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Permanent link to archive for Wednesday, April 26, 2000. Wednesday, April 26, 2000

It's public!

SOAP 1.1 Specification. Authored by DevelopMentor, IBM, Lotus, Microsoft and UserLand.

Microsoft press release. Companies supporting SOAP 1.1 include ActiveState Tool Corp, Ariba Inc, BORN, Information Services Inc, Commerce One Inc, Compaq Computer Corp, DevelopMentor Inc, Extensibility Inc, IBM, IONA Technologies PLC, Intel Corp, Lotus Development Corp, ObjectSpace Inc, Rogue Wave Software Inc, Scriptics Corp, Secret Labs AB, UserLand Software and Zveno Pty. Ltd.

We've started a SOAP weblog. I hope this will become a place where developers help each other getting SOAP deployed on as many platforms and in as many environments as possible.

What about XML-RPC? It's still the most widely deployed and simplest XML-over-HTTP protocol.

What's next? There will be a lively discussion about this stuff, for sure, at WWW9 in Amsterdam, next month.

Mid-day news

John Dvorak: The Coming Depression.

News.Com: "RealNetworks is using portions of's open-source browser code in a private-label version of its media player and server created for Web broadcaster Global Media. This version lets RealNetworks' system stream and display Web elements including HTML and Macromedia Flash animation files."

PC Week: The basic failure of XML is its premise. "The automakers chose to bypass BizTalk and OASIS to develop proprietary (but published) schemata. Every big organization will do the same, and though some of their XML work may feed back up to OASIS or BizTalk, every one wants standards for their cliques only."

Marc Canter: "MediaBar was a venue-based technology platform that utilized a Mac front-end written in Lingo and Director with a Sun-based Informix back end." Classic Marquis Decanter bluster, a couple of years old. We should all be able to listen to our own two-year-old bluster. Heeks.

Early Morning Edition

Jake Savin is working on DHTML Menus. The goal for this project is to replace Manila's Editors Only menu (which is flat) with a menu bar that has depth. This will allow us to add more features to Manila without overwhelming the editor with commands at the top of the screen. We want to make the menus emulate what desktop users have become accustomed to. We asked the browser vendors (MS and NS) to support this directly in the browser. Only got a response from Brad Pettit, who said to do it in DHTML. OK, we're trying. Anyway, since we're going to share the code on this, I asked Jake to open the project so everyone could see what we're doing and perhaps help. Please be kind, Jake is the newest member of our team.

Joel Spolsky: "Hotel bathtubs have big grab bars to help disabled people, but everybody uses them to get out of the bathtub. They make life easier even for the physically fit."

Dan Gillmor had dinner with Steve Ballmer. Gillmor paraphrasing Ballmer. "Simply put, we -- the technology users of the world -- need Microsoft, because it takes a company of this size and talent and direction to solve some kinds of problems and invent some kinds of products." Hmmm. I was just thinking the opposite. Microsoft gets concerned that Marc Andreessen is going to eat their lunch. They charge into Web browsers, pretty much ignoring the developers. They win. Stagnation.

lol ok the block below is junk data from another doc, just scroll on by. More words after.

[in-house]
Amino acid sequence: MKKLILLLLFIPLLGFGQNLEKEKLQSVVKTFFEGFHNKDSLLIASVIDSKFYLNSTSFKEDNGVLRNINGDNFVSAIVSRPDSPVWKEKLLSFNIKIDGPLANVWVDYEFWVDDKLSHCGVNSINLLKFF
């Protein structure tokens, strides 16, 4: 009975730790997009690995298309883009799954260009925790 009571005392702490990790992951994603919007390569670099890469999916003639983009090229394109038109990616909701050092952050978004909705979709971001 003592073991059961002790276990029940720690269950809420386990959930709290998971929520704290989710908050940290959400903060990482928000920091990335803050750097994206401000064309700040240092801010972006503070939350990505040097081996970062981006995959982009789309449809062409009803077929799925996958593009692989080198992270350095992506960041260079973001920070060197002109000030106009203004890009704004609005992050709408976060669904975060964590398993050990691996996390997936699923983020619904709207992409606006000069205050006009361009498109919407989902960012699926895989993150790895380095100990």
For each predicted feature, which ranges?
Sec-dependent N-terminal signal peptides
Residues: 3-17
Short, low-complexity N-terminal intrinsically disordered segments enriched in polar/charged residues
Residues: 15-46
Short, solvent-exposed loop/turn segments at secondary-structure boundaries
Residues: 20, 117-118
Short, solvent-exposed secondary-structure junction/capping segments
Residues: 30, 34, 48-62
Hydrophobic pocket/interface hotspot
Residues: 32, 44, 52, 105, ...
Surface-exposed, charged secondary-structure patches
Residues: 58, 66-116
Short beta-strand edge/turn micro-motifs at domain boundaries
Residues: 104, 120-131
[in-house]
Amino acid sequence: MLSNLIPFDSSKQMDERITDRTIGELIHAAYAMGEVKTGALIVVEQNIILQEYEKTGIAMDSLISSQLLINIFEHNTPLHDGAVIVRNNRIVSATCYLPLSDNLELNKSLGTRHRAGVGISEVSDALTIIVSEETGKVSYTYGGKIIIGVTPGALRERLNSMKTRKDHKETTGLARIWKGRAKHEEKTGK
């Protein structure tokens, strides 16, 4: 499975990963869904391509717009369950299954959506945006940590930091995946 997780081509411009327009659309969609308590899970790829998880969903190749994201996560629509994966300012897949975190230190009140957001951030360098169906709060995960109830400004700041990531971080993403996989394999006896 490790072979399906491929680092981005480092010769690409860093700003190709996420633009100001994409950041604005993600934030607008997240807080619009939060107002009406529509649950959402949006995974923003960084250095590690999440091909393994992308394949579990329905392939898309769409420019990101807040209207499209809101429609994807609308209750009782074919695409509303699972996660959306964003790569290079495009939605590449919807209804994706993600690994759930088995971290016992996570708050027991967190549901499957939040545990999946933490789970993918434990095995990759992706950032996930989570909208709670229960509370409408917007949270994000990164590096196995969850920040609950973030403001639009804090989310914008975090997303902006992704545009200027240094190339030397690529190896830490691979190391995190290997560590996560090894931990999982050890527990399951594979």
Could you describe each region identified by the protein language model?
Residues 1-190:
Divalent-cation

Gordon Eubanks: "Microsoft has never been weaker in recent years. The future is Web-based computing and that is not where Microsoft's core competence is."

Zeldman: "Getting over a two-day DSL blackout is like recovering from a cold. The instant you feel better, you're running hatless in the rain, choking on Chesterfields, and partying 'til all hours. We spent at least eight hours yesterday putting out fires instead of getting work done." Same here!

Grant Rauscher, an engineer at Broadband Mechanics, responds to Brian Behlendorf.

On some days, like today, the story is finished at 7AM. Look at how it flows. We work around the brain-dead browsers; Joel, a former Microsoft employee says that we have to design for users who don't care (true); Dan Gillmor quotes Steve Ballmer pleading for his right to dominate us; Gordon Eubanks says it doesn't matter because the Web isn't in their blood; Zeldman and Rauscher, true web developers, ground us in the reality of our day (open source people are equally clueless, and you can't buy a decent net connection).

It's all a matter of point of view. Awakening happens when we consider the validity of other povs.

An email to Tim O'Reilly, cc'd to lots of other people. "Guys, to me this is the thrill of the Web. On a personal level, this is the jumping out of the plane with no parachute feeling. You can see your reflection in someone else's mind. Of course no one likes this. Why? Ask me in a year, I'll tell you."

Simple Gifts: "Til by turning, turning, we come round right."


Last update: Wednesday, April 26, 2000 at 10:07 PM Eastern.

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